We had invited the “primary applicant” of any case to participate. Sometimes this was a man and sometimes a woman. It was especially enlightening to have an 83 year old woman (the oldest of our group), raise her hand during the Q and A part of our information session. She said, “I have an old man at home (meaning her husband) – shouldn’t he be here rather than me?” I responded, “But you will need to know English, too, once you get to the United States.” Amazed by the prospect that she should matter, she just laughed and laughed as if the idea was preposterous. I guess she accepted it since she had perfect attendance for all 4 weeks of class.
The class got off to a good start. There was such joy in that classroom. Students knew that this opportunity was rare and that English would be vital to their success. They so want a good life – a new beginning. They took class seriously and found an oasis of mental stimulation, comraderie and enrichment – apart from the monotony of camp life. My background is not in education – it’s never been my issue, but I came away with a newfound appreciation for how transformative education can be.I was able to return to Nairobi knowing that all was in place. Of course, I also had a revived appreciation for the variety of foods I can eat in Nairobi and the pleasure of a hot shower whenever you want it. Even in Nairobi, we’re spoiled.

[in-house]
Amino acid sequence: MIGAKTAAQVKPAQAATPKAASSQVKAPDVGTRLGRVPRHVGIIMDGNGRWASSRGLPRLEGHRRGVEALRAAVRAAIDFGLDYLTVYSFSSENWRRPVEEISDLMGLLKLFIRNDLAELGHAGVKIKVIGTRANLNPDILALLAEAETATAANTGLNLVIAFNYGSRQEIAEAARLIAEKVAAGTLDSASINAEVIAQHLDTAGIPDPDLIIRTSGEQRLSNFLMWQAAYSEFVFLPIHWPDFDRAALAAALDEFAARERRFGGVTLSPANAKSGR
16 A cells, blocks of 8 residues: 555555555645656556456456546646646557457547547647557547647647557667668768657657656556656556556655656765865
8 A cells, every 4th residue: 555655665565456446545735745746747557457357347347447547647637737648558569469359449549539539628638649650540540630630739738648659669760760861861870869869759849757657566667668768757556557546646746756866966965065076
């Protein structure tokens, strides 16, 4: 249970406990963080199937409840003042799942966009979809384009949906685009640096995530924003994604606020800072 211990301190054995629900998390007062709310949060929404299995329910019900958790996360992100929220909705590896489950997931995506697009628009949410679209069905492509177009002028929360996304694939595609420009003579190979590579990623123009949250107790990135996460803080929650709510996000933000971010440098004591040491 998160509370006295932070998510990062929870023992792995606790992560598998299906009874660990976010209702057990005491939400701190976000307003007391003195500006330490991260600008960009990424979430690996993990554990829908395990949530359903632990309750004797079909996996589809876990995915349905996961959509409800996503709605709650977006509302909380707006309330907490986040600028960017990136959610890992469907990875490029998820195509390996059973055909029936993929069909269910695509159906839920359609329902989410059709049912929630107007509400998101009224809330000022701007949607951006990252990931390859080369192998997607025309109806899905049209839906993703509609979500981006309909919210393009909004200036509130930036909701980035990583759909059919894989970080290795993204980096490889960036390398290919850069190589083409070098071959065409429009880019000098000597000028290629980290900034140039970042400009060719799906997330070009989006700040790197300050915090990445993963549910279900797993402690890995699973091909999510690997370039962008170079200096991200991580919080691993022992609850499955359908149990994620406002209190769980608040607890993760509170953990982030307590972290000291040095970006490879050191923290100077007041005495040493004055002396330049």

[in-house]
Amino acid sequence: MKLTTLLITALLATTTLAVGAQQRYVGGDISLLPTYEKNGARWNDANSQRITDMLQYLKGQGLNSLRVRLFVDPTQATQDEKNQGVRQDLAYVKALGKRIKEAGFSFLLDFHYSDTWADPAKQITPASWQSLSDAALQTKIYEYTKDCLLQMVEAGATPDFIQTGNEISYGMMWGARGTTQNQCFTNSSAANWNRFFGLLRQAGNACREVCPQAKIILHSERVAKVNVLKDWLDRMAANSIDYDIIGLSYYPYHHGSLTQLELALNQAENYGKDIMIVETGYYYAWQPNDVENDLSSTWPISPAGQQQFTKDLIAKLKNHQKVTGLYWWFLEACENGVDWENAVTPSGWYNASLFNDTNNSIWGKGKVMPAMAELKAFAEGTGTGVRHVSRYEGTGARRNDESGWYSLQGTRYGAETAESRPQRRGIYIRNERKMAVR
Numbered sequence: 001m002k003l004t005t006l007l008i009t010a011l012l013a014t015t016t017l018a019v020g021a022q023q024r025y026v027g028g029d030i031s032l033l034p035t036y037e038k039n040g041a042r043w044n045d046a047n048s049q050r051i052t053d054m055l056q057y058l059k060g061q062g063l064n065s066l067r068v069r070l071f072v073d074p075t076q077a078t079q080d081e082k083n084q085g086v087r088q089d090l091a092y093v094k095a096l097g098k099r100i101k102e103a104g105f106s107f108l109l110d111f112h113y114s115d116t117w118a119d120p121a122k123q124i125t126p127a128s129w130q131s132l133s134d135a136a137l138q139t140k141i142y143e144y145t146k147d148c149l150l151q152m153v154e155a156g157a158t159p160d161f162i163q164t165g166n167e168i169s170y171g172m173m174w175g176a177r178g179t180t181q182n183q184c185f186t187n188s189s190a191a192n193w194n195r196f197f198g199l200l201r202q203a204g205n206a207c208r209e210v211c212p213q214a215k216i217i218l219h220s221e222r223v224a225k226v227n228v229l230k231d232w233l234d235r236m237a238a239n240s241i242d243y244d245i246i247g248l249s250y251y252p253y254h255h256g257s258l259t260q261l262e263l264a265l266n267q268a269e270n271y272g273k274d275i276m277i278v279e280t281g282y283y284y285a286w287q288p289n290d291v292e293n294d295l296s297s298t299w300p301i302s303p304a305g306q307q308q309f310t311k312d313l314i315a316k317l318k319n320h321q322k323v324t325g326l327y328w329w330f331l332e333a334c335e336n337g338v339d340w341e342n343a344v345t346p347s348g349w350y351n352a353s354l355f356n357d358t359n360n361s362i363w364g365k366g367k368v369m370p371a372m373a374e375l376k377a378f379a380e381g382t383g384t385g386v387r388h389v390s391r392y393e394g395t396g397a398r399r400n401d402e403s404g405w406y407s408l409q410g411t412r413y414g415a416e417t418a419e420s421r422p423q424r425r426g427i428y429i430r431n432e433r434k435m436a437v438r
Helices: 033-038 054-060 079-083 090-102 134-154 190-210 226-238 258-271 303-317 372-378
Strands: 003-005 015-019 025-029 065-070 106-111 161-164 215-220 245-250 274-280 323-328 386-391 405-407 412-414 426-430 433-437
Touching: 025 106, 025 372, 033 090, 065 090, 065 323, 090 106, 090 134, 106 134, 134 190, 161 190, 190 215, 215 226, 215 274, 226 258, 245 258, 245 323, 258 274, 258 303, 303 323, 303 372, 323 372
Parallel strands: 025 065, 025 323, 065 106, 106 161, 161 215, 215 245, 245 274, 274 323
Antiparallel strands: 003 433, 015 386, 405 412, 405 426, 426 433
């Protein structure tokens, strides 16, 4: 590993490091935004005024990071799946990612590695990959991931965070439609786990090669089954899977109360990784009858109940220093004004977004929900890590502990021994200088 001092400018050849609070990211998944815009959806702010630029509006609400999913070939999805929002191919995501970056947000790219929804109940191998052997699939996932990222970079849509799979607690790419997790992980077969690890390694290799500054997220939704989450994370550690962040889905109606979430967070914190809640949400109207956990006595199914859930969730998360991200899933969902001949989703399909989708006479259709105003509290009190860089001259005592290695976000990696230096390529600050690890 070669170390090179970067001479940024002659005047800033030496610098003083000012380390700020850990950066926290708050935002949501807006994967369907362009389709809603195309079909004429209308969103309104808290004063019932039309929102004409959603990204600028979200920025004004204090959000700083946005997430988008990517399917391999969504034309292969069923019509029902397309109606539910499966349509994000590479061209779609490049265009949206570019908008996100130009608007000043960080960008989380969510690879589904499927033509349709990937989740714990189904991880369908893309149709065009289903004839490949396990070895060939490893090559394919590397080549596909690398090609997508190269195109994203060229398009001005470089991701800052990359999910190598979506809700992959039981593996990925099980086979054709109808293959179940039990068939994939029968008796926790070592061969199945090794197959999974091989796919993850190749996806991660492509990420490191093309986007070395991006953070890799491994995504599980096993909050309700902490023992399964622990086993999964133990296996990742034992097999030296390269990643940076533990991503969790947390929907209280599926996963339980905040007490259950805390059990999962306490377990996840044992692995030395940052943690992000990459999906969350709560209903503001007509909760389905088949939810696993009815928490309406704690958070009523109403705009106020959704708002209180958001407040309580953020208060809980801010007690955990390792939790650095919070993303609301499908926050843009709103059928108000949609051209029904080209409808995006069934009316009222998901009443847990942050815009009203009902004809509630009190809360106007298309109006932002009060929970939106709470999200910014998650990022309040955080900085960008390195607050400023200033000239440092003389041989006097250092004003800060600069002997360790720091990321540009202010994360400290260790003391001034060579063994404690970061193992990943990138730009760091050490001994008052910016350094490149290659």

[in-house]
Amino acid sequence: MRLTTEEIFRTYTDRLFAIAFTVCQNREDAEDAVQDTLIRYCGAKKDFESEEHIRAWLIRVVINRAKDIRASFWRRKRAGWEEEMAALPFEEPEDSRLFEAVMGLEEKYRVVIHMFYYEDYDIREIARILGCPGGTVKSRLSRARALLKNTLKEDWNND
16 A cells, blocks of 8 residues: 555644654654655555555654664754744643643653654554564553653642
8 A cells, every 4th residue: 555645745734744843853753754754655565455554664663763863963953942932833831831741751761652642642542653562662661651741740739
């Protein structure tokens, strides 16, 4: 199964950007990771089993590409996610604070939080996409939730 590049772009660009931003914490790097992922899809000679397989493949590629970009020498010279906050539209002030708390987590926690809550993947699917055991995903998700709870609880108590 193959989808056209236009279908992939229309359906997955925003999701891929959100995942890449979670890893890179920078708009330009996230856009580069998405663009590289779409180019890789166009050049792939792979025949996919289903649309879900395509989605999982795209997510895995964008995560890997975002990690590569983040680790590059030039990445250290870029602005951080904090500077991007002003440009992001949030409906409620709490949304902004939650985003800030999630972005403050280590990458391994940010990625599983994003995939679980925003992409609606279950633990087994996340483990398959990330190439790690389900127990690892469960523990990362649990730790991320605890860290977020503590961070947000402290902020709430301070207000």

Just two days ago, I returned to Byumba in time to attend the last day of class. Everyone could say “Good Morning. How are you?” – “My name is Immaculate. Nice to meet you.” Most could tell the 9-1-1 operator what their emergency was and give him an address and phone number in English. We’ll do post-class assessments over the next couple of days to really evaluate the Pilot’s impact, and then we’ll have a graduation to celebrate. Even the 83 year old woman who’s had a much harder time progressing with literacy and numeracy – she’s got a lot to celebrate. Maybe she finally sees that the world hasn’t forgotten her - that we believe in her.
The strangest part of seeing the community in Gihembe is imagining these same people in New York. It’s a different universe all together. I just hope people can see her for who she is and all she’s overcome – beyond her race or her accent. I see now how hard it would be for most people to have any clue of all that she’s experienced. Maybe that little bit of English will be a small beginning to bridge the divide.